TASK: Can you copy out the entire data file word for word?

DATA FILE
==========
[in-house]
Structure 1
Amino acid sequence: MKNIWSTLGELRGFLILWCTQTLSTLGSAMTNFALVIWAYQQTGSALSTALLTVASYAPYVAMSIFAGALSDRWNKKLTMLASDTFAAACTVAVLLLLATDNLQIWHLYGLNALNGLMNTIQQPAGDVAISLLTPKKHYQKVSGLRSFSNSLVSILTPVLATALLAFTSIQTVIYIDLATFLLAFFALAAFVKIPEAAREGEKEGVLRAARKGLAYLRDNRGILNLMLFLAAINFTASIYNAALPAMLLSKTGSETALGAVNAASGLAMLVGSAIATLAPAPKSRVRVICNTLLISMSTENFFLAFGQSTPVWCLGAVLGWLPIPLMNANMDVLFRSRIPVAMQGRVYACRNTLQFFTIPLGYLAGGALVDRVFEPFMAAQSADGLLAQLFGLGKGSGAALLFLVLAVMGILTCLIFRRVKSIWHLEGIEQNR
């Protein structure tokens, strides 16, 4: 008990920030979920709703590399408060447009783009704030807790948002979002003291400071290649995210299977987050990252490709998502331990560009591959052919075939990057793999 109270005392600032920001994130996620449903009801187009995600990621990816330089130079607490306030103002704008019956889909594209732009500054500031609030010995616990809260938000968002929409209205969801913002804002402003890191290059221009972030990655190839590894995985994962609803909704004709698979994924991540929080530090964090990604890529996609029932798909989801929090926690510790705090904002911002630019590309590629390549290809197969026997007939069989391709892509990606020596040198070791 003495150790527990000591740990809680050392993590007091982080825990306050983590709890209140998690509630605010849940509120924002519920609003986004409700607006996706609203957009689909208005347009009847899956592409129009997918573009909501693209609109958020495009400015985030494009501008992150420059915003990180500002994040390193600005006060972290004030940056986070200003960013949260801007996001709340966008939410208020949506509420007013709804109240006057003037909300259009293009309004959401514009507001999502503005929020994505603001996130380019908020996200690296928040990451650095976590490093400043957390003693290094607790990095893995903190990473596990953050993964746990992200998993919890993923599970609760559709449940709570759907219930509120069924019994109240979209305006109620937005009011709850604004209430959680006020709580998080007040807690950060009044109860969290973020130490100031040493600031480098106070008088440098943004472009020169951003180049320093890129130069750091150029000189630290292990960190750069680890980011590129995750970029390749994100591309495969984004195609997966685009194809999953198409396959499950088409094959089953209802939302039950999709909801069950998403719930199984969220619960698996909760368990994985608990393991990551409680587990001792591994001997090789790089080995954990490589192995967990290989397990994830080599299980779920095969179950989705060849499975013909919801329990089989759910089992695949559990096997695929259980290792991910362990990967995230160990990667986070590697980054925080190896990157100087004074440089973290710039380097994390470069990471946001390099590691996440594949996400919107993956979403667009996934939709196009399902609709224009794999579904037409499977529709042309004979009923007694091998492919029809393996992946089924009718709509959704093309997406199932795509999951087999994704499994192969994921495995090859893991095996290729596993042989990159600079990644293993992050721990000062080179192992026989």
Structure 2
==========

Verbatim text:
[in-house]
Structure 1
Amino acid sequence: MKNIWSTLGELRGFLILWCTQTLSTLGSAMTNFALVIWAYQQTGSALSTALLTVASYAPYVAMSIFAGALSDRWNKKLTMLASDTFAAACTVAVLLLLATDNLQIWHLYGLNALNGLMNTIQQPAGDVAISLLTPKKHYQKVSGLRSFSNSLVSILTPVLATALLAFTSIQTVIYIDLATFLLAFFALAAFVKIPEAAREGEKEGVLRAARKGLAYLRDNRGILNLMLFLAAINFTASIYNAALPAMLLSKTGSETALGAVNAASGLAMLVGSAIATLAPAPKSRVRVICNTLLISMSTENFFLAFGQSTPVWCLGAVLGWLPIPLMNANMDVLFRSRIPVAMQGRVYACRNTLQFFTIPLGYLAGGALVDRVFEPFMAAQSADGLLAQLFGLGKGSGAALLFLVLAVMGILTCLIFRRVKSIWHLEGIEQNR
């Protein structure tokens, strides 16, 4: 008990920030979920709703590399408060447009783009704030807790948002979002003291400071290649995210299977987050990252490709998502331990560009591959052919075939990057793999 109270005392600032920001994130996620449903009801187009995600990621990816330089130079607490306030103002704008019956889909594209732009500054500031609030010995616990809260938000968002929409209205969801913002804002402003890191290059221009972030990655190839590894995985994962609803909704004709698979994924991540929080530090964090990604890529996609029932798909989801929090926690510790705090904002911002630019590309590629390549290809197969026997007939069989391709892509990606020596040198070791 003495150790527990000591740990809680050392993590007091982080825990306050983590709890209140998690509630605010849940509120924002519920609003986004409700607006996706609203957009689909208005347009009847899956592409129009997918573009909501693209609109958020495009400015985030494009501008992150420059915003990180500002994040390193600005006060972290004030940056986070200003960013949260801007996001709340966008939410208020949506509420007013709804109240006057003037909300259009293009309004959401514009507001999502503005929020994505603001996130380019908020996200690296928040990451650095976590490093400043957390003693290094607790990095893995903190990473596990953050993964746990992200998993919890993923599970609760559709449940709570759907219930509120069924019994109240979209305006109620937005009011709850604004209430959680006020709580998080007040807690950060009044109860969290973020130490100031040493600031480098106070008088440098943004472009020169951003180049320093890129130069750091150029000189630290292990960190750069680890980011590129995750970029390749994100591309495969984004195609997966685009194809999953198409396959499950088409094959089953209802939302039950999709909801069950998403719930199984969220619960698996909760368990994985608990393991990551409680587990001792591994001997090789790089080995954990490589192995967990290989397990994830080599299980779920095969179950989705060849499975013909919801329990089989759910089992695949559990096997695929259980290792991910362990990967995230160990990667986070590697980054925080190896990157100087004074440089973290710039380097994390470069990471946001390099590691996440594949996400919107993956979403667009996934939709196009399902609709224009794999579904037409499977529709042309004979009923007694091998492919029809393996992946089924009718709509959704093309997406199932795509999951087999994704499994192969994921495995090859893991095996290729596993042989990159600079990644293993992050721990000062080179192992026989």
Structure 2